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Examining the Engineering Design Process of First-Year Engineering Students During a Hands-on, In-class Design Challenge.

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2014 ASEE Annual Conference & Exposition


Indianapolis, Indiana

Publication Date

June 15, 2014

Start Date

June 15, 2014

End Date

June 18, 2014



Conference Session

FPD 8: Teaching Design in the First Year

Tagged Division

First-Year Programs

Page Count


Page Numbers

24.558.1 - 24.558.19



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Paper Authors


Jessica E.S. Swenson Tufts Center for Engineering Education and Outreach

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Jessica Swenson is a graduate student at Tufts University. She is currently pursuing a Ph.D. in mechanical engineering with a research focus on engineering education. She received a M.S. from Tufts University in science, technology, engineering and math education and a B.S. from Northwestern University in mechanical engineering. Her current research involves examining the design process of undergraduate students in project-based courses.

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Merredith D. Portsmore Tufts University

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Dr. Merredith Portsmore is the Associate Director for Tufts Center for Engineering Education and Outreach ( Merredith received all four of her degrees from Tufts (B.A. English, B.S. Mechanical Engineering, M.A. Education, PhD in Engineering Education). Her research interests focus on how children engage in designing and constructing solutions to engineering design problems and evaluating students’ design artifacts. Her outreach work focuses on creating resources for K-12 educators to support engineering education in the classroom. She is also the founder of STOMP (, and (

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Ethan E. Danahy Tufts University

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Ethan Danahy is a Research Assistant Professor in the Department Computer Science at Tufts University outside of Boston MA, having received the B.S. and M.S. degrees in Computer Science in 2000 and 2002, respectively, and a Ph.D. degree in Electrical Engineering in 2007, all from Tufts. Additionally, he acts as the Engineering Research Program Director at the Center for Engineering Education and Outreach (CEEO), where he manages educational technology development projects while researching innovative and interactive techniques for assisting teachers with performing engineering education and communicating robotics concepts to students spanning the K-12 through university age range.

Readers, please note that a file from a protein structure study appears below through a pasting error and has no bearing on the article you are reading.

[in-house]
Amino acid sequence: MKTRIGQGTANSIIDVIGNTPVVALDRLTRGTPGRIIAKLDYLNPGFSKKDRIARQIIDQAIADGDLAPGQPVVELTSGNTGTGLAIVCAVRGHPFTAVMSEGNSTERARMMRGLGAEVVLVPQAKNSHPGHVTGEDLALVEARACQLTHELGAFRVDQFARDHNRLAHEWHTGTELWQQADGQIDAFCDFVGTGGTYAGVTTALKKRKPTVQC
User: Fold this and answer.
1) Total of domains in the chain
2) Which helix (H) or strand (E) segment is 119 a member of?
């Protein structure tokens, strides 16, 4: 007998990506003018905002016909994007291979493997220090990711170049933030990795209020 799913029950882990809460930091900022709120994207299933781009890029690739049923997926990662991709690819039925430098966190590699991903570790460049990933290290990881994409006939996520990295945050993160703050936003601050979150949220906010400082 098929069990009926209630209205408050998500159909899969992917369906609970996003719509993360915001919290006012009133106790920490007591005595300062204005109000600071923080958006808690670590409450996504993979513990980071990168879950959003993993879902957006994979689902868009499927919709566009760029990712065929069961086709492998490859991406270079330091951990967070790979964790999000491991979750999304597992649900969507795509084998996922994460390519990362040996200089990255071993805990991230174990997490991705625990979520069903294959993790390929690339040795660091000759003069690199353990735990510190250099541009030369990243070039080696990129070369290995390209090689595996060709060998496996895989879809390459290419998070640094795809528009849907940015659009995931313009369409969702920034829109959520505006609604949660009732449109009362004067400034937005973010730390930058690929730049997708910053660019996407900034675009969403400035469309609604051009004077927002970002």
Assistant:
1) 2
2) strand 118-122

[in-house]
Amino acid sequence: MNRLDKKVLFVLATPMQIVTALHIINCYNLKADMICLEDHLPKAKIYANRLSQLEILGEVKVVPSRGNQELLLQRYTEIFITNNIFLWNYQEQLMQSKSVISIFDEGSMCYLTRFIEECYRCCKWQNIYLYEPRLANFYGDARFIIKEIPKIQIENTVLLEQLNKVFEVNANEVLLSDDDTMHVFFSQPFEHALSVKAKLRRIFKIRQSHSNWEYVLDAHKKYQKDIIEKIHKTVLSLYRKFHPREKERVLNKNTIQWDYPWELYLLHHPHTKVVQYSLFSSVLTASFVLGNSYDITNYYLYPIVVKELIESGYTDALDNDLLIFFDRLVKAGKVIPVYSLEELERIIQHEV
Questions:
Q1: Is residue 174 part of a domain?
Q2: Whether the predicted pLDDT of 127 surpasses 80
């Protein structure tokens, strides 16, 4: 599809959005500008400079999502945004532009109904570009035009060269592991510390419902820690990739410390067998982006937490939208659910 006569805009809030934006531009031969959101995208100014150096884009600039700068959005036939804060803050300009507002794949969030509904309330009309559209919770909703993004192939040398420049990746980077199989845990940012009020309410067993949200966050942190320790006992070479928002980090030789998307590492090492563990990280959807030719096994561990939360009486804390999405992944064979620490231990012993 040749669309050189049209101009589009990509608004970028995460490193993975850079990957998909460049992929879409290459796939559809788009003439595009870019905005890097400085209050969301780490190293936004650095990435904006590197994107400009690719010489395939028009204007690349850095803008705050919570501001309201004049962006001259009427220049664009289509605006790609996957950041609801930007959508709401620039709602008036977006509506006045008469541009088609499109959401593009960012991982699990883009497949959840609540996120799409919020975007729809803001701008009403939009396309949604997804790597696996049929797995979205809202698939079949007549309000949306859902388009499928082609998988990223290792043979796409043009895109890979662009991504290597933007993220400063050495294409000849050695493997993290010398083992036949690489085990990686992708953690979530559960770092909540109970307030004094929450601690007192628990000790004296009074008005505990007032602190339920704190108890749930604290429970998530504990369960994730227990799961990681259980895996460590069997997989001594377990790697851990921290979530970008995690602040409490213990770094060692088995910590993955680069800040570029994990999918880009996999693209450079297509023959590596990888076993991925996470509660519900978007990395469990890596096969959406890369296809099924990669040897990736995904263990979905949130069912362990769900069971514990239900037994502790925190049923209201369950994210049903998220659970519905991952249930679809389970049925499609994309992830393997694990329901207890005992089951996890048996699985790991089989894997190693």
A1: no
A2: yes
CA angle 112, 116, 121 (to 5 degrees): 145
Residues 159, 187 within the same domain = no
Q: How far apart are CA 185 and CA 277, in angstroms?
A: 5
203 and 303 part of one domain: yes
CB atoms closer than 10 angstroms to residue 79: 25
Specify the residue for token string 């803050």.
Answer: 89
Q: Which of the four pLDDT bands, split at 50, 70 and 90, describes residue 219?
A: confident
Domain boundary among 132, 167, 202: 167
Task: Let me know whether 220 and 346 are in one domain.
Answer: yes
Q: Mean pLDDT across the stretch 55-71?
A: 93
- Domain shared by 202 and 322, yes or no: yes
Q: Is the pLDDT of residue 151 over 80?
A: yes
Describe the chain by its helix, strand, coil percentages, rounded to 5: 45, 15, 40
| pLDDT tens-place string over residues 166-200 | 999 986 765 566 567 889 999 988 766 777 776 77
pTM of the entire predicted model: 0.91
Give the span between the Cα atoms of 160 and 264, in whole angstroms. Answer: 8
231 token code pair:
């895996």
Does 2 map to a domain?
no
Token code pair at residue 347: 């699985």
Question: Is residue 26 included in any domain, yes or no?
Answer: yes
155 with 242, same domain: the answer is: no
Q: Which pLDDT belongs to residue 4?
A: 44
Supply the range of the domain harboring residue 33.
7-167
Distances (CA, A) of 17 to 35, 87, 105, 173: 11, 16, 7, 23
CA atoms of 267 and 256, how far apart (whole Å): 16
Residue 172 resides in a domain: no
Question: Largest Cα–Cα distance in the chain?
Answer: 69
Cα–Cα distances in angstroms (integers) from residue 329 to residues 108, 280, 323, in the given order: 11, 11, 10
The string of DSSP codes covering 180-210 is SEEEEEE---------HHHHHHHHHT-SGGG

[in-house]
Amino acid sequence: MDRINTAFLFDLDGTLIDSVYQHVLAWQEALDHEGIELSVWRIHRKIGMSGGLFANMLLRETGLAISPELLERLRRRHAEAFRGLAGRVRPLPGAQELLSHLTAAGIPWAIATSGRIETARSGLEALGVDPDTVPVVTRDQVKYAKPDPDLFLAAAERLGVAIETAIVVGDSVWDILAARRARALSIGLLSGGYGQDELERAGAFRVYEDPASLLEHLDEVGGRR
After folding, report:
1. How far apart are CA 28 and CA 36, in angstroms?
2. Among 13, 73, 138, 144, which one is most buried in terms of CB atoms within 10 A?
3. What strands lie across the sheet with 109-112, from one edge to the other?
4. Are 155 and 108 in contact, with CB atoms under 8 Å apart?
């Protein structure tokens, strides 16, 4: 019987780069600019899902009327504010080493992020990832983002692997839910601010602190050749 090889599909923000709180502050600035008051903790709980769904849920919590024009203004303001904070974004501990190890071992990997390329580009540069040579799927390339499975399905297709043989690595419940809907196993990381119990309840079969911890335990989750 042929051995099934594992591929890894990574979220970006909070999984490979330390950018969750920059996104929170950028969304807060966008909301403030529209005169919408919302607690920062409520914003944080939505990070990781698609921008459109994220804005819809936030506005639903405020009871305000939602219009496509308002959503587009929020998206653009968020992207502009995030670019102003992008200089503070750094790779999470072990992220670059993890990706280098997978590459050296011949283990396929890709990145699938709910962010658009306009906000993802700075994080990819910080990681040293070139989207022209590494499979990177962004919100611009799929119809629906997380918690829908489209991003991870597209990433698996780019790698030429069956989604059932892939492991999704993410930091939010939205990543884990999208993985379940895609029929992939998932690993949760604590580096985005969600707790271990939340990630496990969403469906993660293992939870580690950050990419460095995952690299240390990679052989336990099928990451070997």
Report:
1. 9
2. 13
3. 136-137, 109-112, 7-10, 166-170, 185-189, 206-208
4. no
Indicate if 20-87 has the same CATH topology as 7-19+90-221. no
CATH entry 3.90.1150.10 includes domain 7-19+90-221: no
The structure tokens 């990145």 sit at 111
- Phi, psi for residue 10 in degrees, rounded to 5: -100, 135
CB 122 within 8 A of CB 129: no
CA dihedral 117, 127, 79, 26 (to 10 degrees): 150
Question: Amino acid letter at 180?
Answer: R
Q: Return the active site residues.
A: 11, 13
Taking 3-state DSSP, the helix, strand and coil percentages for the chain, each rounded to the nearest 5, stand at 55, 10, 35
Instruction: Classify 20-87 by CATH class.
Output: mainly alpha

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The Dynamics of Engineering Design Discourse in a First Year Robotics-based Engineering CourseThe first year engineering experience has garnered much attention as universities seek toretain students in engineering programs and prepare graduates to engage in rigorousteam-based, design work. To date, much of the research on first year experiences hasbeen of affective and motivational aspects, like self-efficacy, and achievement (e.g.Jones, Paretti, Hein, Knott, 2010). There is limited study of first year engineeringstudents design practices. Atman et al’s (1999) seminal work design has characterizedfirst year engineering students’ design process as naïve in comparison to upper levelstudents, lacking in the amount of problem scoping, questioning, and other designpractices. This work helps us to understand the characteristics of first year students but itfails to give faculty details about the interactions and dynamics to expect in their design-based class.This study seeks to characterize and categorize first year engineering students in-classdiscourse when involved in design challenges through a qualitative study of 3 groups in afirst year robotics-based engineering course. [Name Blinded] University offers severalchoices of design-based courses for students to take in their first semester. [NameBlinded] is a course within the computer science department that includes weekly LEGO-robotics based challenges and a culminating design project. This study looked at 3groups interactions during two challenges in the middle of the semester. Video wasrecorded and transcribed and coded for engineering design practices using Atman et al’s(1999) original protocol with Wendell’ (2013) modifications for group discourse.Preliminary finding show changing design practices based on the context and type ofchallenge. In addition, we see changes in how students frame the problem shifting asthey consider design constraints and classroom constraints. This work has implicationsfor how first year engineering course instructors support and develop engineering designin their interactions with students.

Swenson, J. E., & Portsmore, M. D., & Danahy, E. E. (2014, June), Examining the Engineering Design Process of First-Year Engineering Students During a Hands-on, In-class Design Challenge. Paper presented at 2014 ASEE Annual Conference & Exposition, Indianapolis, Indiana. 10.18260/1-2--20449

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